Enhanced cognitive-behavior therapy and family-based treatment for adolescents with an eating disorder: A non-randomized effectiveness trial

Family-based treatment (FBT) is an efficacious intervention for adolescents with an eating disorder. Evaluated to a lesser degree among adolescents, enhanced cognitive-behavior therapy (CBT-E) has shown promising results.

A new study published in Psychological Medicine compared the relative effectiveness of FBT and CBT-E delivered by the Center for the Treatment of Eating Disorders (CTED) at Children’s Minnesota, MN, a pediatric specialty clinic in the USA, provides inpatient and outpatient treatment to youth and their families.

Over the course of the study period (July 2015–November 2019), 107 patients met the eligibility criteria for the study. Of those, 10 families withdrew consent, and 97 patients (83%) and their families were enrolled and offered a choice between one of two manualized treatments: FBT or CBT-E. Fifty-one (52.5%) chose FBT, and 46 (47.5%) CBT-E.

The sample was divided into a lower weight cohort [<90% median body mass index (mBMI); 38% of participants) and higher weight choort. Regardless of weight cohort, participants who selected CBT-E were older, had been ill longer, presented with higher depression and anxiety, more prior mental health treatment, and higher rates of psychosocial impairment due to eating disorder features (all ps 0.034–0.0001).

Assessments were administered at baseline, end-of-treatment (EOT), and follow-up (6 and 12 months). Treatment comprised of 20 sessions over 6 months, except for the lower weight cohort where CBT-E comprised 40 sessions over 9-12 months. Primary outcomes were slope of weight gain and change in Eating Disorder Examination (EDE) Global Score at EOT.

Regardless of weight cohort, FBT was more efficient than CBT-E in terms of the slope of weight gain from baseline to the EOT. However, this was no longer the case at either the 6- or 12-month follow-up.

Initial more gradual weight gains achieved by CBT-E compared to FBT at EOT seems due to distinct strategies used to achieve weight gain across these two treatments. In CBT-E, weight gain (when indicated) is addressed after 4 weeks of treatment, and only when patients reach the conclusion that they need to attend to their low weight. In contrast, weight gain in FBT (when indicated) is addressed at the outset, while parents are supported to drive this agenda.

However, for a substantial minority of patients in the higher weight cohort (∼22%), weight gain was not a treatment goal. Therefore, relative effectiveness was defined in terms of weight gain and/or improvement in eating disorders psychopathology. In this domain, both treatments demonstrated improvements in the EDE/Q Global Score with no significant differences across time. In terms of the secondary outcomes (controlling for baseline differences), the two treatments largely established similar gains across measures of general psychopathology and clinical impairment.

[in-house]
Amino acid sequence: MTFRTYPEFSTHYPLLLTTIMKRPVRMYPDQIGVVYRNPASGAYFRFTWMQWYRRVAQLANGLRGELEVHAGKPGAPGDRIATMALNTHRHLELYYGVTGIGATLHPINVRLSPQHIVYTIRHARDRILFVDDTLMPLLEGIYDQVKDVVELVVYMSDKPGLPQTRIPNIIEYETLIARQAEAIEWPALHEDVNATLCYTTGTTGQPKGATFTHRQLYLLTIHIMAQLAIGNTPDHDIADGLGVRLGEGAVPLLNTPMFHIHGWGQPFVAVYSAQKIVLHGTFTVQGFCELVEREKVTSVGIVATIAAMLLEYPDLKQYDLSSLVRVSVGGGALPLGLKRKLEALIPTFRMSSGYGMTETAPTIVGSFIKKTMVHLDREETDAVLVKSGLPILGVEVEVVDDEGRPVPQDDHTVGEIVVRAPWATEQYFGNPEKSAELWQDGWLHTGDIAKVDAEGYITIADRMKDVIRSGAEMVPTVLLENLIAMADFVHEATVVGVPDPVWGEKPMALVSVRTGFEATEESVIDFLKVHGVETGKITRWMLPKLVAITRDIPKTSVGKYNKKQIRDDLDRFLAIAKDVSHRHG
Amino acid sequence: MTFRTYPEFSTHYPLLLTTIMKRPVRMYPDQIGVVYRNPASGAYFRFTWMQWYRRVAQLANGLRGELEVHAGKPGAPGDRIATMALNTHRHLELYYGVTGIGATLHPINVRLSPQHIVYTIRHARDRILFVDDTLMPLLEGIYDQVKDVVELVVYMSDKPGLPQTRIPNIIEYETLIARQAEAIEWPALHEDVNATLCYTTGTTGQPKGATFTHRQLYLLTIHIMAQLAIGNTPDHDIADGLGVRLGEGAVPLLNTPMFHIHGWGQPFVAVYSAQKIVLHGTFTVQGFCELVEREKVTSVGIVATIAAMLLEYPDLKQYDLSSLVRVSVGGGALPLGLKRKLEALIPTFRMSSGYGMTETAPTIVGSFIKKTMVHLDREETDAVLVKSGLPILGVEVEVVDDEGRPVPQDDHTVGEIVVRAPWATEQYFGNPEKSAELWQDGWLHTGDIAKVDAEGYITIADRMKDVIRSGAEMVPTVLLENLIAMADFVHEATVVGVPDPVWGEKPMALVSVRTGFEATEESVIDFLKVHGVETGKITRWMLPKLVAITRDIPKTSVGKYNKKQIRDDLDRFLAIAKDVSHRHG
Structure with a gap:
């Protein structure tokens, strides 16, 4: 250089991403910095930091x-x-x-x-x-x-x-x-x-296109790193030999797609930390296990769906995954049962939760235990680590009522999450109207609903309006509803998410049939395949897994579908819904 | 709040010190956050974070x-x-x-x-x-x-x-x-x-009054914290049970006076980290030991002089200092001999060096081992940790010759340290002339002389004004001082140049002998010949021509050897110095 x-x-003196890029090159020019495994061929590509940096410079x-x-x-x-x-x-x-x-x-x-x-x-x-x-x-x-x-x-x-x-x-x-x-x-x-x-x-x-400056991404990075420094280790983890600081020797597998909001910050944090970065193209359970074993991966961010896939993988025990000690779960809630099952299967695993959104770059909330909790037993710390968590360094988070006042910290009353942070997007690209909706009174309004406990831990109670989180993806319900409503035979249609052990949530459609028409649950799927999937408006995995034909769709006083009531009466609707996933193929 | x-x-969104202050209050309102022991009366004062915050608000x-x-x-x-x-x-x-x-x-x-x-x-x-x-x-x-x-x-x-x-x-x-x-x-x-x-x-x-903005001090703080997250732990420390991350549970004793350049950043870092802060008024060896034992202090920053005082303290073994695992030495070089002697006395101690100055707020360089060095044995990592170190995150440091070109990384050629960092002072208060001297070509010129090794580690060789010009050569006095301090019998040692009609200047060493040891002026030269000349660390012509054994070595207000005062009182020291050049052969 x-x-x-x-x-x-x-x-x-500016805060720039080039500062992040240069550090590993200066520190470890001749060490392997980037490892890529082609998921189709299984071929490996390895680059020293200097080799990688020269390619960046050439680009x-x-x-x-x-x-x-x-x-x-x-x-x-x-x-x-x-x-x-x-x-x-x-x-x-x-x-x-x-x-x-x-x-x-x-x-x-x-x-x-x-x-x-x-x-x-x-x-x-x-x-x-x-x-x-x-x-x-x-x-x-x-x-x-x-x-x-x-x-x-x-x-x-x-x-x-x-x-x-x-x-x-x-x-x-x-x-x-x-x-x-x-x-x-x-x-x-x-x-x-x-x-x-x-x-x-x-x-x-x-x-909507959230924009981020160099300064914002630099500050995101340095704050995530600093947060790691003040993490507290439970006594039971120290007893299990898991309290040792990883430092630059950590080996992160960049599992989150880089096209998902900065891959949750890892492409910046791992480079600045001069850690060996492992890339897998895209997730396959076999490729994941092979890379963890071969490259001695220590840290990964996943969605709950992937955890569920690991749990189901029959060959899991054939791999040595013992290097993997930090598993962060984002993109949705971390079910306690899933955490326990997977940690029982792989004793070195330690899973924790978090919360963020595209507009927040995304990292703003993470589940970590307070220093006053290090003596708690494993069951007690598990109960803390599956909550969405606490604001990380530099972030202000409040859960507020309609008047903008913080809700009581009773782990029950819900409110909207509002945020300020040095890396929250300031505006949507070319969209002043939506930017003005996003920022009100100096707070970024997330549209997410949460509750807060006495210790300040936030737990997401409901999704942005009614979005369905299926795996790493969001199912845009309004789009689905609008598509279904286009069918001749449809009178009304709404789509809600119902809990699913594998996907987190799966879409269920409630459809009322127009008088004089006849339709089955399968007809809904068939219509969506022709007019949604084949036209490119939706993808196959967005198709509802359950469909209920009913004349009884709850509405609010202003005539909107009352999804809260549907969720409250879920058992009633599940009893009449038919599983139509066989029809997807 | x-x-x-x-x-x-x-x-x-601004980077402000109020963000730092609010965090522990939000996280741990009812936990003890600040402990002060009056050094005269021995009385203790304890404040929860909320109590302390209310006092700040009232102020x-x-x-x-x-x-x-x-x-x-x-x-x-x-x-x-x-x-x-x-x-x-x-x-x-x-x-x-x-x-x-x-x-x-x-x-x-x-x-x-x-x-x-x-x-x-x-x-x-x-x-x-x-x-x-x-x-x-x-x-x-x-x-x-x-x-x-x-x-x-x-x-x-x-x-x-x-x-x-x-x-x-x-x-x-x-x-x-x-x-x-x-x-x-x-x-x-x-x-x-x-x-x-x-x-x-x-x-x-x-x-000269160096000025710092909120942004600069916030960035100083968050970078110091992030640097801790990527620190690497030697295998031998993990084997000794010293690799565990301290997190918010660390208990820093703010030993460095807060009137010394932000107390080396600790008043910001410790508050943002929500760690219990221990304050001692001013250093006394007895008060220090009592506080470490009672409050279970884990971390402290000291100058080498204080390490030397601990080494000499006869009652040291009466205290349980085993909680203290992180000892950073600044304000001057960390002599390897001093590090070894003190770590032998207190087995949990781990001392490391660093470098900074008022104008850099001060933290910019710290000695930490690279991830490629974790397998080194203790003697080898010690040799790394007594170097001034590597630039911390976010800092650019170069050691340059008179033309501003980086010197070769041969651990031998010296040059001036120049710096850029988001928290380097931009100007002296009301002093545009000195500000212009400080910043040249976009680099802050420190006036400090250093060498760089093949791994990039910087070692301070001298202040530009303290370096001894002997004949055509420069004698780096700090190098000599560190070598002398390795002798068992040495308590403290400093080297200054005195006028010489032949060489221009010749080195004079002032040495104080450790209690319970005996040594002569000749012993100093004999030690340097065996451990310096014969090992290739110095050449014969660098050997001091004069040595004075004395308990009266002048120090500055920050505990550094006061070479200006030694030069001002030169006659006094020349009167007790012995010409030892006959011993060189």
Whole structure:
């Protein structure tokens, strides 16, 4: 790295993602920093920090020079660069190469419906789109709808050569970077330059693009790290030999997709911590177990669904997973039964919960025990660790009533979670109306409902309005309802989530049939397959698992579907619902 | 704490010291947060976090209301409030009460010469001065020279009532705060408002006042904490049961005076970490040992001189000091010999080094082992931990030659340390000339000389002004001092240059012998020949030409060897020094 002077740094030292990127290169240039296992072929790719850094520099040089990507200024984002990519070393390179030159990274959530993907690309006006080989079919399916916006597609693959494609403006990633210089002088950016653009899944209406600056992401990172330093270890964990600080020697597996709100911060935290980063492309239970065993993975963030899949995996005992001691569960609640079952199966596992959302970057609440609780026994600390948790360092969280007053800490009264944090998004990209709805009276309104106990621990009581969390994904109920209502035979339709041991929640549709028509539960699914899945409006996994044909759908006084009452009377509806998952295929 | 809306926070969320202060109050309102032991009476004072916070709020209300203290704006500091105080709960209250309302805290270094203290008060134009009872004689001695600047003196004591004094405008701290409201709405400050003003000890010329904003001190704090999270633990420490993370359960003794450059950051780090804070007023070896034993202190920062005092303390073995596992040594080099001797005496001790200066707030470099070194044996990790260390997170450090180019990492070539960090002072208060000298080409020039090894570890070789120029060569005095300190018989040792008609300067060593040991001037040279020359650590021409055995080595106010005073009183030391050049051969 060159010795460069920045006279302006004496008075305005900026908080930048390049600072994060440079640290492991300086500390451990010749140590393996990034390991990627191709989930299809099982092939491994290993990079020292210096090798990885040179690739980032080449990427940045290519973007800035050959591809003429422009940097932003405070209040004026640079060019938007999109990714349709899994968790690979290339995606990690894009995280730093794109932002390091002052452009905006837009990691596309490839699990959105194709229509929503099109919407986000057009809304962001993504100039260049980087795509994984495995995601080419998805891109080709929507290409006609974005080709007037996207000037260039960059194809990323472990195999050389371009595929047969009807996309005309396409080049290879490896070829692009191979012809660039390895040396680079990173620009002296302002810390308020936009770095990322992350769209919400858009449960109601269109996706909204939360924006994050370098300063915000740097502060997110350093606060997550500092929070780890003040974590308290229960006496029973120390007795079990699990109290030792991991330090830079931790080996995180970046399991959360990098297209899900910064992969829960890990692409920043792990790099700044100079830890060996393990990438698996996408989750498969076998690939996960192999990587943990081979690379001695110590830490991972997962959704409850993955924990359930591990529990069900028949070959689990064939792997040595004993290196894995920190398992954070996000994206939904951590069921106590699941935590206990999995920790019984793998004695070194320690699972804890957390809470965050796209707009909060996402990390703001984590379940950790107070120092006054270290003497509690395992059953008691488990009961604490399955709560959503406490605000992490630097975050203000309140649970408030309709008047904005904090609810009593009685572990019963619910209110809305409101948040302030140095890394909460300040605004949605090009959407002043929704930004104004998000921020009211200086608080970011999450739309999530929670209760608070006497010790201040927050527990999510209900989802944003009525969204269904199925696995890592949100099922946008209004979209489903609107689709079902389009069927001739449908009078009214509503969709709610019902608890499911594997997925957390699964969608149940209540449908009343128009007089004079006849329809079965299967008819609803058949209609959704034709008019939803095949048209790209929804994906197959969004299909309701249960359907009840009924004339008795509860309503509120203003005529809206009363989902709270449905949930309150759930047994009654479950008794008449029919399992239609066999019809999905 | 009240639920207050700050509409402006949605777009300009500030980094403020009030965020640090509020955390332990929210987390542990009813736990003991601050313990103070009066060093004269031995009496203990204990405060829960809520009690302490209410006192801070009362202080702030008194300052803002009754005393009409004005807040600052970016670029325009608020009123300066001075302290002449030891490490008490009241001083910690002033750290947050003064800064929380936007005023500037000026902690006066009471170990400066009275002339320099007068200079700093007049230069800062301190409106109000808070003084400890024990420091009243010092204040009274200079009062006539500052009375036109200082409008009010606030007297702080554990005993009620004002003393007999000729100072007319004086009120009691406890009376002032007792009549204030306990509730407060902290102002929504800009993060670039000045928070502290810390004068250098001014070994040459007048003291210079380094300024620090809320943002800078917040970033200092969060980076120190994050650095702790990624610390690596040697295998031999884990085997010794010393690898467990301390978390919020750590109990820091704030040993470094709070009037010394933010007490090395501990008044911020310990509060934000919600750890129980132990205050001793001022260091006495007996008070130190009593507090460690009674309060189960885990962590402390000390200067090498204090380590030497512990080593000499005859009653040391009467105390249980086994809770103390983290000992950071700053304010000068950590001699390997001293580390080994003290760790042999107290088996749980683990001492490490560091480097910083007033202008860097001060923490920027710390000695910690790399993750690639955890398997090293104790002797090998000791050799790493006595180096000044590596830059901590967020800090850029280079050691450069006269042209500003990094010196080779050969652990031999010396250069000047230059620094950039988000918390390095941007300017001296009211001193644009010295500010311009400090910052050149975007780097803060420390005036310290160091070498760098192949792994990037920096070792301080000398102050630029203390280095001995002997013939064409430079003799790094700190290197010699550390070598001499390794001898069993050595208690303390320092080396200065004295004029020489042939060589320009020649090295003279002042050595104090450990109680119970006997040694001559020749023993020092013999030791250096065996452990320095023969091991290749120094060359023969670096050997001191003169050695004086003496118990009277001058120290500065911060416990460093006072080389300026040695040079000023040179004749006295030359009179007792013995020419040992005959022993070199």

An interesting data is that choosing between FBT and CBT-E resulted in older and less well participants opting for CBT-E. Albeit speculatively, it seems that parents considered an individual therapy rather than a family-based one to be more appropriate when their offspring was older and more unwell.

In conclusion, results show that FBT and CBT-E achieved similar outcomes in the treatment of adolescents with eating disorders, making CBT-E a viable treatment for adolescents with an eating disorder.

Le Grange, D., Eckhardt, S., Dalle Grave, R., Crosby, R. D., Peterson, C. B., Keery, H., Lesser, J. Martell, C. (2020). Enhanced cognitive-behavior therapy and family-based treatment for adolescents with an eating disorder: a non-randomized effectiveness trial. Psychological Medicine, 1-11. doi:10.1017/s0033291720004407

 

Online One-To-One Skills Based Training

Several Dates Available in 2020
A one-to-one skills based training session for CBT-E practitioners

This workshop is suitable for all CBT-E practitioners who have attended our Skills Based CBT-E Clinical Workshop.
In response to queries, CREDO have decided to offer a follow-up one-to-one training session for those who have attended our Skills Based CBT-E Clinical Workshop. This will focus on two key CBT-E procedures, of your choice, covered in the workshop. You will be invited to participate in role plays and receive personalised constructive feedback to improve your competence in implementing CBT-E.

Option
  • Formulation
  • Self-Monitoring
  • Motivation
  • Body Checking
  • Feeling Fat
  • Food Avoidance
Practicalities

Cost: £80 for an individual hour long session
Format: Online

For further details or booking information, please email: Charandeep.khera@psych.ox.ac.uk

Online Skills-Based CBT-E Clinical Workshop

Available Dates in 2021
Friday 2nd July
A one day workshop for CBT-E practitioners

This workshop is suitable for all CBT-E practitioners. It is focused on developing competence in implementing key procedures in CBT-E. It will include experiential elements with a particular focus on developing practical skills. It is designed to complement CREDO’s web-based training programme. It will comprise a small group of delegates.

Programme

Detailed guidance on each of the procedures below will be provided, as well as guidance on therapist style of delivering CBT-E. Please be prepared to participate in role-play in the context of a supportive environment.

  • Creating a Collaborative Formulation
  • Self-Monitoring
  • Motivation
  • Body Checking
  • Feeling Fat
  • Food Avoidance
Practicalities

Cost: £250